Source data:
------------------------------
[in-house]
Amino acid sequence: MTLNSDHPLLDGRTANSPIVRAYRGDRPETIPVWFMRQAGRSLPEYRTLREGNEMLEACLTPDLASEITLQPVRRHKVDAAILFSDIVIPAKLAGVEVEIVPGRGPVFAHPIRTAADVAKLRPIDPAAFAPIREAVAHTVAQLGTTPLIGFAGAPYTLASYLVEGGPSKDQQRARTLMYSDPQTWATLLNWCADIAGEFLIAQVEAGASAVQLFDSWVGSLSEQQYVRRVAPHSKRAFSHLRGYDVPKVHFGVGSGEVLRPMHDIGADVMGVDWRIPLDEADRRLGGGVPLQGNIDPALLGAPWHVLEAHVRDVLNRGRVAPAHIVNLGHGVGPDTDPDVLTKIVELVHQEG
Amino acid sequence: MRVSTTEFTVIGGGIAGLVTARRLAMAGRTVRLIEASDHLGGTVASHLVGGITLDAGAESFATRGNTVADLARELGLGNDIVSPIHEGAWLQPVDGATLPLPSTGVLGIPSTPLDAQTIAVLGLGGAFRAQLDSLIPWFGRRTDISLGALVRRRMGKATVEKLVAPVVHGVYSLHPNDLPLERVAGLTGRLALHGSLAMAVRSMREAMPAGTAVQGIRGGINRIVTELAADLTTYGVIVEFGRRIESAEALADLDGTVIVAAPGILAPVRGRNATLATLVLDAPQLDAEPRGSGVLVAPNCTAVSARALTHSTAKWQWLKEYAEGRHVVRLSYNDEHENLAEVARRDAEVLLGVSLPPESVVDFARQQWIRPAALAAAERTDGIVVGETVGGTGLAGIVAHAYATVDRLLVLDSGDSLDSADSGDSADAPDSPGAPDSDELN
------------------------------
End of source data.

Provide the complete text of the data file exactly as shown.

[in-house]
Amino acid sequence: MTLNSDHPLLDGRTANSPIVRAYRGDRPETIPVWFMRQAGRSLPEYRTLREGNEMLEACLTPDLASEITLQPVRRHKVDAAILFSDIVIPAKLAGVEVEIVPGRGPVFAHPIRTAADVAKLRPIDPAAFAPIREAVAHTVAQLGTTPLIGFAGAPYTLASYLVEGGPSKDQQRARTLMYSDPQTWATLLNWCADIAGEFLIAQVEAGASAVQLFDSWVGSLSEQQYVRRVAPHSKRAFSHLRGYDVPKVHFGVGSGEVLRPMHDIGADVMGVDWRIPLDEADRRLGGGVPLQGNIDPALLGAPWHVLEAHVRDVLNRGRVAPAHIVNLGHGVGPDTDPDVLTKIVELVHQEG
Amino acid sequence: MRVSTTEFTVIGGGIAGLVTARRLAMAGRTVRLIEASDHLGGTVASHLVGGITLDAGAESFATRGNTVADLARELGLGNDIVSPIHEGAWLQPVDGATLPLPSTGVLGIPSTPLDAQTIAVLGLGGAFRAQLDSLIPWFGRRTDISLGALVRRRMGKATVEKLVAPVVHGVYSLHPNDLPLERVAGLTGRLALHGSLAMAVRSMREAMPAGTAVQGIRGGINRIVTELAADLTTYGVIVEFGRRIESAEALADLDGTVIVAAPGILAPVRGRNATLATLVLDAPQLDAEPRGSGVLVAPNCTAVSARALTHSTAKWQWLKEYAEGRHVVRLSYNDEHENLAEVARRDAEVLLGVSLPPESVVDFARQQWIRPAALAAAERTDGIVVGETVGGTGLAGIVAHAYATVDRLLVLDSGDSLDSADSGDSADAPDSPGAPDSDELN